The embryologic etiology of crossed ectopic kidneys is unclear. Some have suggested that the developing kidney crosses to the opposite side. [9] Our patient with ectopia had segmental dysplasia and the kidney was non-functioning in spite of good cortical thickness of around 1.5 cm. Dysplasia in crossed fused ectopic kidneys has been reported rarely. [10]

CT is a superior tool to US for topographical anatomic details [Figure 2], [Figure 3], [Figure 4], [Figure 5] and [Figure 6]; however, an ectopic kidney may be difficult to identify in scans where intravenous radio-contrast injec­tions were not used. [11]
Figure 2: CT scan and CT IVU showing unfused crossed renal ectopia.

Click here to view
Figure 3: Contrast CT scan showing dual arterial supply.

Click here to view
Figure 4: Ultrasonography (USG) showing crossed renal ectopia.

Click here to view
Figure 5: CT scan showing polycystic kidney and liver disease.

Click here to view
Figure 6: CT scan showing horseshoe kidney with fused lower pole over the aorta.

Click here to view

During Tc-99m DMSA scintigraphy has been used to differentiate between fused and unfused forms [11] as well as providing information about perfusion and level of function. [12] We reported these cases to show that some ano­malies can only be discovered incidentally while being evaluated for something else.

   References Top

1.Brunwald E, Fauci AS, Kasper DL, Hauser SL, Longo DL, Jameson JL. Polycystic kidney disease. In: Brunwald E, Fauci AS, Kasper DL, Hauser SL, Longo DL, Jameson JL, Eds. Harrison's Principles of Internal Medicine. 15th ed. New York City, U.S: McGraw Hill; 2001;1598-600  Back to cited text no. 1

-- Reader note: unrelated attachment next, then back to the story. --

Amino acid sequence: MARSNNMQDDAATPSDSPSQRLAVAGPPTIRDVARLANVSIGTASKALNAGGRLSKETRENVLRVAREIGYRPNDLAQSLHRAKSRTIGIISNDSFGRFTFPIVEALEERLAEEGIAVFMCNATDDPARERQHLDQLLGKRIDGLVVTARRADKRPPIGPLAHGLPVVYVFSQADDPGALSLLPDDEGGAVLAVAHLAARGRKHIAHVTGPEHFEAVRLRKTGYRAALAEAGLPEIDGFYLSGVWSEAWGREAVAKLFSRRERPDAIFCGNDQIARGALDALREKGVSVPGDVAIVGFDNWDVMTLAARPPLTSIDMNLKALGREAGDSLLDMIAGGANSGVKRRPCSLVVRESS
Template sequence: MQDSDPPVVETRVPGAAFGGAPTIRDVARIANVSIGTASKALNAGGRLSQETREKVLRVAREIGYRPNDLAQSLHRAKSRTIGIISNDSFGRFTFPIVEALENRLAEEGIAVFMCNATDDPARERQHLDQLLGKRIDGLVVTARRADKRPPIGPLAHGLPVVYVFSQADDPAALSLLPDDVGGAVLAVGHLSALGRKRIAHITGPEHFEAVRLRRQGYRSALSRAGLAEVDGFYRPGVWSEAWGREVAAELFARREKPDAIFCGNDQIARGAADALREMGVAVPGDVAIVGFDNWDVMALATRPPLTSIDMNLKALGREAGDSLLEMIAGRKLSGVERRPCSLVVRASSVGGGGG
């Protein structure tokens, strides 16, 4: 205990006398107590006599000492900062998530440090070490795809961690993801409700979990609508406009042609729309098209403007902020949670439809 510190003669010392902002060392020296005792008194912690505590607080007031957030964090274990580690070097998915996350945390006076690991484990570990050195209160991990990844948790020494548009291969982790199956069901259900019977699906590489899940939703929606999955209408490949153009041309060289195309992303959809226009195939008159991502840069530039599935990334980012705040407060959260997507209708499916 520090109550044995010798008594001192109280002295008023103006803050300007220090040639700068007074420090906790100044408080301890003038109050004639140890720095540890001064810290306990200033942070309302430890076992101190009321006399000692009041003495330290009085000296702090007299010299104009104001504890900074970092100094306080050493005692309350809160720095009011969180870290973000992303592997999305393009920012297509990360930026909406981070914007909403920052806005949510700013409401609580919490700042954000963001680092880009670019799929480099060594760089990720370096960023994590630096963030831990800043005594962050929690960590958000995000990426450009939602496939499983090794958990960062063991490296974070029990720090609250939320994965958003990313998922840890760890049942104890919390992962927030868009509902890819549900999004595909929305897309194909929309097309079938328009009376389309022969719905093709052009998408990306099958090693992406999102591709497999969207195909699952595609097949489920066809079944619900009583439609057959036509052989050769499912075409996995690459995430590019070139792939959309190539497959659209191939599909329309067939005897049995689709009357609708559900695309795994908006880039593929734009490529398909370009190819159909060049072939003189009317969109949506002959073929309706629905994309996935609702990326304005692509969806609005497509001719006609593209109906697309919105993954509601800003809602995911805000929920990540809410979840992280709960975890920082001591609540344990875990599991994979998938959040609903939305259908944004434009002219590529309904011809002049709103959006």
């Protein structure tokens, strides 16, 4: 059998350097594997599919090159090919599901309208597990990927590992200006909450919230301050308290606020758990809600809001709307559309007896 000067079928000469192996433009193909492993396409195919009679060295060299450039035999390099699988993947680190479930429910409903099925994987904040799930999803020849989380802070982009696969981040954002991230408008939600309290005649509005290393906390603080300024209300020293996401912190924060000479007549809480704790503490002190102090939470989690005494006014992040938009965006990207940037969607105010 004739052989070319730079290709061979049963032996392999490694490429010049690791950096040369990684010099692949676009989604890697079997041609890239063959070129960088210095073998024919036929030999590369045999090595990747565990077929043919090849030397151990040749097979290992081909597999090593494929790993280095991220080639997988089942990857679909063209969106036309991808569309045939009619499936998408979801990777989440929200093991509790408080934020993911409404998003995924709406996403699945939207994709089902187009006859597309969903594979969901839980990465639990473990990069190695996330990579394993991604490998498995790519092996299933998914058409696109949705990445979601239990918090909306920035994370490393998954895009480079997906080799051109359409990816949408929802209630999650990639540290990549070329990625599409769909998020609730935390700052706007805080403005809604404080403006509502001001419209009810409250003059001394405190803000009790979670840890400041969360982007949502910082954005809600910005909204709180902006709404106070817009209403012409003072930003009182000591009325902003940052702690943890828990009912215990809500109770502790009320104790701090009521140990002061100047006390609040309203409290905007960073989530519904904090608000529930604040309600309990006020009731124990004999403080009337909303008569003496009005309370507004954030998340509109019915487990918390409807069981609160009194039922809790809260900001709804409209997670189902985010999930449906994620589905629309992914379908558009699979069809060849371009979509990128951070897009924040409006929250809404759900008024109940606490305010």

2.Dees JE. Clinical Importance of congenital anomalies of upper urinary tract. J Urol 1941; 46:659-66.  Back to cited text no. 2
3.Lowsley OS. Surgery of horseshoe Kidney. J Urol 1952;56:565-78.  Back to cited text no. 3
4.Moore KL, Persaund TV. The urogenital system. In: The developing human clinically oriented embryology (7th ed.). Philadelphia: Saunders; 2003;293-5.  Back to cited text no. 4
5.Domenech-Mateu JM, Gonzales-Compta X. Horseshoe kidney: A new theory on its embryogenesis based on the study of a 16-mm human embryo. Anat Rec 1988;222:408-17.  Back to cited text no. 5
6.Felzenberg J, Nasrallah PF. Crossed renal ectopia without fusion associated with hydronephrosis in an infant. Urology 1991;38:450-2.  Back to cited text no. 6
7.McDonald JH, McClellan DS. Crossed renal ectopia. Am J Surg 1957;93:995-9.  Back to cited text no. 7
8.Mansberg VJ, Rossleigh MA, Farnsworth RH, Van Rooijen M. Unfused crossed renal ectopia with ectopic left ureter inserting into a prostatic utricle diverticulum. AJR Am J Roentgenol 1999;172:455-6.  Back to cited text no. 8
9.Purpon I. Crossed renal ectopy with solitary kidney. A review of the literature. J Urol 1963; 90:13-5.  Back to cited text no. 9
10.Rosenberg HF, Snyder HM, Duckett J. Abdo­minal mass in newborn. Multicystic dysplasia of crossed fused renal ectopia - ultrasonic demonstration. J Urol 1984;131:1160-1.  Back to cited text no. 10
11.Hwang CM, Miller FH, Dalton DP, Hartz WH. Accidental ureteral ligation during an inguinal hernia repair of patient with crossed fused renal ectopia. Clin Imaging 2002;26:306-8.  Back to cited text no. 11
12.Jolles PR, Yassa NA, Shah H, Purnell GL. Crossed renal ectopia. Correlative imaging. Clin Nucl Med 1992;17:306-7.  Back to cited text no. 12

Correspondence Address:
Saurabh Garge
Department of Surgery, M.Y. Hospital, Indore
Login to access the Email id

Rights and Permissions


  [Figure 1], [Figure 2], [Figure 3], [Figure 4], [Figure 5], [Figure 6]


    Similar in PUBMED
    Search Pubmed for
    Search in Google Scholar for
    Email Alert *
    Add to My List *
* Registration required (free)  

    Article Figures

 Article Access Statistics
    PDF Downloaded318    
    Comments [Add]    

Recommend this journal